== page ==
More than a year after The Miami Herald added the individual e-mail addresses of its reporters to their bylines, the verdict is decidedly mixed on whether e-mail contact with the public is useful or disruptive.
There are the testimonials: Investigative reporter Manny Garcia calls email “invaluable,” and cites a number of tips that helped him flesh out stories on government corruption. So does Joe Tanfani, also a member of the Iteam, who says many useful follow-up ideas come in after one of his stories is published. Reporter Luisa Yanez is another enthusiast: “On several occasions, I’ve gotten an e-mail that has helped me follow a big story. I did a story on a state senator’s funny business and someone e-mailed me more examples of his shenanigans. And I did a story on an embalmer and someone who was suing him e-mailed me as well.”
But even the fans acknowledge that the useful tip is the exception. The bulk of e-mails tend toward the opinionated, not the factual, and a depressingly high number of those are personal attacks on the reporter—attacks that in former times might have been directed to the editor, if the reader even wanted to have his opinion known. Now, with the ease of e-mail, not only can anyone’s least-thought-out view be expressed instantaneously, but with the relative anonymity of the Internet it can be done in the most scurrilous language possible.
That’s something any editor should know before deciding to invite direct e-mail communication with reporters. Your reporters are going to find that much, if not most, of what they receive lacks civility, let alone utility. And it will all require time to answer, or even to ignore. “It was a rescue. Not a raid. Moron,” read one reader’s e-mail to reporter Carol Rosenberg in response to a story she wrote about the Immigration and Naturalization Service’s action taking Elian Gonzalez from the home of his Miami relatives and reuniting him with his father.
The final word captures the tone of much of the electronic correspondence Rosenberg received during the Elian controversy, so much so that she developed a program that automatically responded to such e-mails by suggesting the sender append his name and address and send the message to the editorial page for publication. Few, if any, did.
I can hear some saying, So what? Reporters are, or should be, a tough lot. Sticks and stones may break your bones but words will never hurt you. Some would even argue that it is good for reporters to know what readers think of their work. I’ll admit some sympathy for that position.
But the daily exposure to electronic insults, screeds that unfortunately they can’t avoid because they pop up on the screen as soon as the reporter signs on, in fact takes a toll. I have seen otherwise good reporters begin shying away from critical stories because of the angry e-mail they’ve received. No one, not even a reporter, enjoys being assaulted verbally, and e-mail assaults not only are inescapable—you can’t hang up on the insulting e-mailer—but they are encouraged by your employer.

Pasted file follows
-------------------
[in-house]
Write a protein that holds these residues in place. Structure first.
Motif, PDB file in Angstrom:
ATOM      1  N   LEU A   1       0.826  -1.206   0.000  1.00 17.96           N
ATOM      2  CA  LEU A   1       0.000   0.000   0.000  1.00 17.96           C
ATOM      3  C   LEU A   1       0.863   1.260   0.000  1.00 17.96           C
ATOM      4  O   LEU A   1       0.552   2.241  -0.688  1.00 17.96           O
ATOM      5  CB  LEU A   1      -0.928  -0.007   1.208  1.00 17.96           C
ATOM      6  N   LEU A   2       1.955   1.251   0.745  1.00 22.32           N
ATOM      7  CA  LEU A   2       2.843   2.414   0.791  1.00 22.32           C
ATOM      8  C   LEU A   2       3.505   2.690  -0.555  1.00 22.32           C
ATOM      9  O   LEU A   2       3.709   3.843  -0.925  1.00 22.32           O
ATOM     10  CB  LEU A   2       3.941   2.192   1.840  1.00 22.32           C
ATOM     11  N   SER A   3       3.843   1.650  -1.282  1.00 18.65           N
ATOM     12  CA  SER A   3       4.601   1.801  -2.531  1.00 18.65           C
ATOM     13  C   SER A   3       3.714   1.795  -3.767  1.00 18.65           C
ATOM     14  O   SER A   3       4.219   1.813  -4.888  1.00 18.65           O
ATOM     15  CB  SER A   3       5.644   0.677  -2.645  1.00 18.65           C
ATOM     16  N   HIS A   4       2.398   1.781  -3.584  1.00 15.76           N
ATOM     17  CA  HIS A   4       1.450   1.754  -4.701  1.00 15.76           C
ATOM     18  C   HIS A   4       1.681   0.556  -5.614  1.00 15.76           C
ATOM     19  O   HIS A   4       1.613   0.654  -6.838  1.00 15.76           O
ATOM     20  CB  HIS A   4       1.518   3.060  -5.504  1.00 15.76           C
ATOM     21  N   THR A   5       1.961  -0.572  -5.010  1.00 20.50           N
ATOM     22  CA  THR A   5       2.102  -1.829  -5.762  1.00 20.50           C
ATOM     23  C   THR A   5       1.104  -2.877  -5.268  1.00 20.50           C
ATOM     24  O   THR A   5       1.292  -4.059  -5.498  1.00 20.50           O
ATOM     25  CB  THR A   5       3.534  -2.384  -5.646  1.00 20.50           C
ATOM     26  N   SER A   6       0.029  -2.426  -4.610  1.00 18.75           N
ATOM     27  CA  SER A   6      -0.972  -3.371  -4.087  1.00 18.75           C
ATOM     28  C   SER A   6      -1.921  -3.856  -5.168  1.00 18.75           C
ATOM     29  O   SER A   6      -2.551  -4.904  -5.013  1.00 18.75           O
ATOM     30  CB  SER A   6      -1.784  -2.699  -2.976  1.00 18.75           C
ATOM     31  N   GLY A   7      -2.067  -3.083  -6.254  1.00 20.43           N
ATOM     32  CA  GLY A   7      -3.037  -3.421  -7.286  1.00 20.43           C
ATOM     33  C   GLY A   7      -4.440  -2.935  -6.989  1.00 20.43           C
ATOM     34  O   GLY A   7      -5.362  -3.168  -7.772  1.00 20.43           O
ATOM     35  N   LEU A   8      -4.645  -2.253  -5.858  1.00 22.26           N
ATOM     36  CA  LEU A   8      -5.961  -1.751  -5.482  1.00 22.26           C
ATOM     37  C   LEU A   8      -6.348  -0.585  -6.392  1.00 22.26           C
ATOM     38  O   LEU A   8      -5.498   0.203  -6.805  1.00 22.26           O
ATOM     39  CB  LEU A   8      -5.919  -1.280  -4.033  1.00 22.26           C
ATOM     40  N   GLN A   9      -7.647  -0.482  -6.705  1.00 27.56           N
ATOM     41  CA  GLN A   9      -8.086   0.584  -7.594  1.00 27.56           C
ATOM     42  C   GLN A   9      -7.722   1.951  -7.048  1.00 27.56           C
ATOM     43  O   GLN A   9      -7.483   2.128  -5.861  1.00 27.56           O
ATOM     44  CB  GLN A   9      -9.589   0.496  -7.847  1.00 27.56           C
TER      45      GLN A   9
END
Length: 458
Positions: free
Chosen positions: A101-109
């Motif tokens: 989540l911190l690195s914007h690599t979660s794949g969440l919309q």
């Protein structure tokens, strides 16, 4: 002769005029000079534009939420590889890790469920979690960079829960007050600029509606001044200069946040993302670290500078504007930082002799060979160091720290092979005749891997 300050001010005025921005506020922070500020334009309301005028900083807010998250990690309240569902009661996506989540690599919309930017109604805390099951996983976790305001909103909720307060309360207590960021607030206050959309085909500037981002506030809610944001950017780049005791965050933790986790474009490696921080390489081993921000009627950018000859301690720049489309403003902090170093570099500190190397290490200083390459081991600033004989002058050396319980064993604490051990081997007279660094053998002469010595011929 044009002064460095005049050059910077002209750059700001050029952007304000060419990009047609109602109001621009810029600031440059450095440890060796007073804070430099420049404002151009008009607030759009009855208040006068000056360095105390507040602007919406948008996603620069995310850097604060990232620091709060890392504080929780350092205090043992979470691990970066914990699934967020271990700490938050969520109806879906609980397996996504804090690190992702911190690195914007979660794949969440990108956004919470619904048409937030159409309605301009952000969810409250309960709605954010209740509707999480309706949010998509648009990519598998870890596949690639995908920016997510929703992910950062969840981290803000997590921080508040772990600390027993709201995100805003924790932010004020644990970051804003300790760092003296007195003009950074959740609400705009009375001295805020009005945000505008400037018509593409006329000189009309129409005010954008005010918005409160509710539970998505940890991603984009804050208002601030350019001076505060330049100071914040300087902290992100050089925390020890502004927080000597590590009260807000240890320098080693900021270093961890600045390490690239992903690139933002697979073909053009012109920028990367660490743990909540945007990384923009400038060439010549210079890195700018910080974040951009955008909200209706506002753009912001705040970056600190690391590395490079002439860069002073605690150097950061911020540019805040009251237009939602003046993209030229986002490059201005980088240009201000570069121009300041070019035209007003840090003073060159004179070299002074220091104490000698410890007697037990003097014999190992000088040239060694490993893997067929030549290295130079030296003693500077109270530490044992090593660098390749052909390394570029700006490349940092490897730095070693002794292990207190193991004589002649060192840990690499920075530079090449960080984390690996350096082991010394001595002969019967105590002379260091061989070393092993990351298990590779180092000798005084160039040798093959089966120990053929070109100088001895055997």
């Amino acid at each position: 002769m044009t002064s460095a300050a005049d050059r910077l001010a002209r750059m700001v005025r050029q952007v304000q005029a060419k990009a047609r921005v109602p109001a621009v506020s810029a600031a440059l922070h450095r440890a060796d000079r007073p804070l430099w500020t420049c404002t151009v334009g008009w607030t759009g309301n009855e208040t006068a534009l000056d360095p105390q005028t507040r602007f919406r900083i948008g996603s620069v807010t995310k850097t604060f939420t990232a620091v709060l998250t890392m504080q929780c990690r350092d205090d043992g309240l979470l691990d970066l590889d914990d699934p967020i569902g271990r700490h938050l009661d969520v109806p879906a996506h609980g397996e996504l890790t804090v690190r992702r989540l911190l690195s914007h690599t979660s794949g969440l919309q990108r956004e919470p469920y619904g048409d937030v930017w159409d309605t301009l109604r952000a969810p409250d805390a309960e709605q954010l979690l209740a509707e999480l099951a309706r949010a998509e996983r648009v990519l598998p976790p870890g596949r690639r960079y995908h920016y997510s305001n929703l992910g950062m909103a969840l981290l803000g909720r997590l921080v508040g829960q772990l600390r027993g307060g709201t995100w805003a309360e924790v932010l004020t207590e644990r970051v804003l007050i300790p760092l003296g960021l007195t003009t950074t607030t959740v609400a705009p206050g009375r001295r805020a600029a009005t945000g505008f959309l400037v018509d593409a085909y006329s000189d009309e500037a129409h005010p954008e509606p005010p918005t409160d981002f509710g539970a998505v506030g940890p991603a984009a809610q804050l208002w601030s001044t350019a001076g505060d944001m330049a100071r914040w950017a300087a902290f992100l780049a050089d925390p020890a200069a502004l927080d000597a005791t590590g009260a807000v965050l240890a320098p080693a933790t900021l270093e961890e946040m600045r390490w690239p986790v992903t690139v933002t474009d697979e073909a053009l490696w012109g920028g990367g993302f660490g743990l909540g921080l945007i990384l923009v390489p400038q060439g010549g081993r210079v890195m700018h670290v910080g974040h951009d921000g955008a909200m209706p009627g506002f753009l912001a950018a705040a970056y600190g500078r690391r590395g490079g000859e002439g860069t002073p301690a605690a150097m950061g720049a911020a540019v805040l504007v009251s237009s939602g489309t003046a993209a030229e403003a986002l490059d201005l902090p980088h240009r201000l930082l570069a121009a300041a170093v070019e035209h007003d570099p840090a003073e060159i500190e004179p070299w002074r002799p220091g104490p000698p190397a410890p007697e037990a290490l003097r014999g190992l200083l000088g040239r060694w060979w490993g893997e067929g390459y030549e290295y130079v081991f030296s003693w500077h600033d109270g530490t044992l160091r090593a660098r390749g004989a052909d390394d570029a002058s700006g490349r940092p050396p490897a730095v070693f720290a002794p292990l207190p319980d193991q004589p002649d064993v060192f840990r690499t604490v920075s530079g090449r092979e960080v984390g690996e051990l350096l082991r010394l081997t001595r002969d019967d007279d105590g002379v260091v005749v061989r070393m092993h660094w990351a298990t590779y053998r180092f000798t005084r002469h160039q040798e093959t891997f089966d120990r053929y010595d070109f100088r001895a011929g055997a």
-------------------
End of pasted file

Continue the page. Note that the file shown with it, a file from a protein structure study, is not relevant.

There’s another downside to soliciting e-mail comments direct to reporters: the amount of time required to deal with them. That’s what troubles reporter Frances Robles, who received her share of lowbrow commentary during the Elian Gonzalez case. One example: After she wrote a piece on demonstrators outside the Cuban Interests Section in Washington, an emailer sent this: “The burning question, however, for me is: do the non-Miami Cubans also all have fat asses?”
“The vast majority of people who take the time to write are people with strong, strong, strong opinions,” Robles notes. “If you respond with insight, it triggers a letter-writing volley that nobody has time for. It you write back something very short, people are offended. One reader whose e-mail I ignored sent me a snippy note months later asking: Why do you bother putting your e-mail in the paper if you’re not going to write back? I had to admit: She had a good point.”
But how much time should a reporter spend each day dealing with email? Alfonso Chardy, who wrote most of the stories that won the Herald a Pulitzer Prize for the Iran-contra scandal back in the pre-e-mail era, guesses he gets between 15 and 20 e-mails a day. The problem is not the content—most are innocuous—but the hour or so he spends opening them, figuring out what if any response he needs to send, and then disposing of them. He sighs, “It’s just like getting an additional 20 phone calls a day. There’s nothing wrong with it. But it just adds to your work.”
The key, of course, is whether the work is worth it. There’s no denying that e-mail is a useful tool. I routinely beg PR people to get rid of their fax machines and send their releases by email. For reporters, e-mail can provide access to sources who otherwise might be inaccessible—our political reporter regularly exchanges e-mails with the governor, who otherwise would be unavailable for phone calls.
But as for unsolicited e-mails? Well, most reporters would find it more useful to spend an extra hour on the street.
Mark Seibel is assistant managing editor at The Miami Herald and a 1992 Nieman Fellow.